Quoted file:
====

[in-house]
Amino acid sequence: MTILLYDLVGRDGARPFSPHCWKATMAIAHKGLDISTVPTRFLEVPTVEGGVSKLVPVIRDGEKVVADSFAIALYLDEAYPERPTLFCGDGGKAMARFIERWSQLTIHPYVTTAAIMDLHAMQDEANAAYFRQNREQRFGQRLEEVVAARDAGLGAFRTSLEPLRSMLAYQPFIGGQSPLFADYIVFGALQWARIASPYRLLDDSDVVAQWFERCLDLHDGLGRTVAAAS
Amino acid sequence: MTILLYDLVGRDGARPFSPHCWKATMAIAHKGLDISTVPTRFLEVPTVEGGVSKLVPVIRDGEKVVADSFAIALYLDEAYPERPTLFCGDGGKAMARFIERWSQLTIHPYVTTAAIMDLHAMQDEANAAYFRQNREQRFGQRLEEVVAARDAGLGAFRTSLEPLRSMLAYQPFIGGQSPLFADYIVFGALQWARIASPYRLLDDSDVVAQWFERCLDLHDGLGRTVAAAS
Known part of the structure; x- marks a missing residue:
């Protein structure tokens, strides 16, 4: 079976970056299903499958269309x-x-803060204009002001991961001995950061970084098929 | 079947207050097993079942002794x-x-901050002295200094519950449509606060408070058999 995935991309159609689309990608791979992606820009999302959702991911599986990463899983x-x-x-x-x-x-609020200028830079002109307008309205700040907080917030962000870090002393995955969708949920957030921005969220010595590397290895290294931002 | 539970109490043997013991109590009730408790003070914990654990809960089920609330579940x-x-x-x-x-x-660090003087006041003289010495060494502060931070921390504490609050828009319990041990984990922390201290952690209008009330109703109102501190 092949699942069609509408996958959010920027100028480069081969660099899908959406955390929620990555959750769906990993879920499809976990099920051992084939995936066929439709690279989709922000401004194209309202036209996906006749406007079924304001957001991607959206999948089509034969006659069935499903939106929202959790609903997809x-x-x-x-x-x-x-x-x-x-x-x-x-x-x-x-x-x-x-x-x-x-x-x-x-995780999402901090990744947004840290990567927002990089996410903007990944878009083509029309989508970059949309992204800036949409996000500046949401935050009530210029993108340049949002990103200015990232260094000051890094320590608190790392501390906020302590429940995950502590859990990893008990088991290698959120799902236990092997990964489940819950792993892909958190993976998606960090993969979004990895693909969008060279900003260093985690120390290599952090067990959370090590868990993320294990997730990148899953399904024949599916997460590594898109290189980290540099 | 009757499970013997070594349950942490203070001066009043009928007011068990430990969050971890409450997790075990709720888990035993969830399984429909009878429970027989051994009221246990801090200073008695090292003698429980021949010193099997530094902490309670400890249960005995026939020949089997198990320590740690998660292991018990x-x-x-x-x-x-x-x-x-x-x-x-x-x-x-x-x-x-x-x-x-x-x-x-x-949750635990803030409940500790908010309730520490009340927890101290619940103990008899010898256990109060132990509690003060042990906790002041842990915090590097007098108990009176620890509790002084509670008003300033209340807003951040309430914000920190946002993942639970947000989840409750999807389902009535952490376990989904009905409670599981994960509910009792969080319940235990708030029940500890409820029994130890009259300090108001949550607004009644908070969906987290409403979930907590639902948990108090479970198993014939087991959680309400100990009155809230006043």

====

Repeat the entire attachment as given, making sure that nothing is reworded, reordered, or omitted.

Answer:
[in-house]
Amino acid sequence: MTILLYDLVGRDGARPFSPHCWKATMAIAHKGLDISTVPTRFLEVPTVEGGVSKLVPVIRDGEKVVADSFAIALYLDEAYPERPTLFCGDGGKAMARFIERWSQLTIHPYVTTAAIMDLHAMQDEANAAYFRQNREQRFGQRLEEVVAARDAGLGAFRTSLEPLRSMLAYQPFIGGQSPLFADYIVFGALQWARIASPYRLLDDSDVVAQWFERCLDLHDGLGRTVAAAS
Amino acid sequence: MTILLYDLVGRDGARPFSPHCWKATMAIAHKGLDISTVPTRFLEVPTVEGGVSKLVPVIRDGEKVVADSFAIALYLDEAYPERPTLFCGDGGKAMARFIERWSQLTIHPYVTTAAIMDLHAMQDEANAAYFRQNREQRFGQRLEEVVAARDAGLGAFRTSLEPLRSMLAYQPFIGGQSPLFADYIVFGALQWARIASPYRLLDDSDVVAQWFERCLDLHDGLGRTVAAAS
Known part of the structure; x- marks a missing residue:
């Protein structure tokens, strides 16, 4: 079976970056299903499958269309x-x-803060204009002001991961001995950061970084098929 | 079947207050097993079942002794x-x-901050002295200094519950449509606060408070058999 995935991309159609689309990608791979992606820009999302959702991911599986990463899983x-x-x-x-x-x-609020200028830079002109307008309205700040907080917030962000870090002393995955969708949920957030921005969220010595590397290895290294931002 | 539970109490043997013991109590009730408790003070914990654990809960089920609330579940x-x-x-x-x-x-660090003087006041003289010495060494502060931070921390504490609050828009319990041990984990922390201290952690209008009330109703109102501190 092949699942069609509408996958959010920027100028480069081969660099899908959406955390929620990555959750769906990993879920499809976990099920051992084939995936066929439709690279989709922000401004194209309202036209996906006749406007079924304001957001991607959206999948089509034969006659069935499903939106929202959790609903997809x-x-x-x-x-x-x-x-x-x-x-x-x-x-x-x-x-x-x-x-x-x-x-x-x-995780999402901090990744947004840290990567927002990089996410903007990944878009083509029309989508970059949309992204800036949409996000500046949401935050009530210029993108340049949002990103200015990232260094000051890094320590608190790392501390906020302590429940995950502590859990990893008990088991290698959120799902236990092997990964489940819950792993892909958190993976998606960090993969979004990895693909969008060279900003260093985690120390290599952090067990959370090590868990993320294990997730990148899953399904024949599916997460590594898109290189980290540099 | 009757499970013997070594349950942490203070001066009043009928007011068990430990969050971890409450997790075990709720888990035993969830399984429909009878429970027989051994009221246990801090200073008695090292003698429980021949010193099997530094902490309670400890249960005995026939020949089997198990320590740690998660292991018990x-x-x-x-x-x-x-x-x-x-x-x-x-x-x-x-x-x-x-x-x-x-x-x-x-949750635990803030409940500790908010309730520490009340927890101290619940103990008899010898256990109060132990509690003060042990906790002041842990915090590097007098108990009176620890509790002084509670008003300033209340807003951040309430914000920190946002993942639970947000989840409750999807389902009535952490376990989904009905409670599981994960509910009792969080319940235990708030029940500890409820029994130890009259300090108001949550607004009644908070969906987290409403979930907590639902948990108090479970198993014939087991959680309400100990009155809230006043």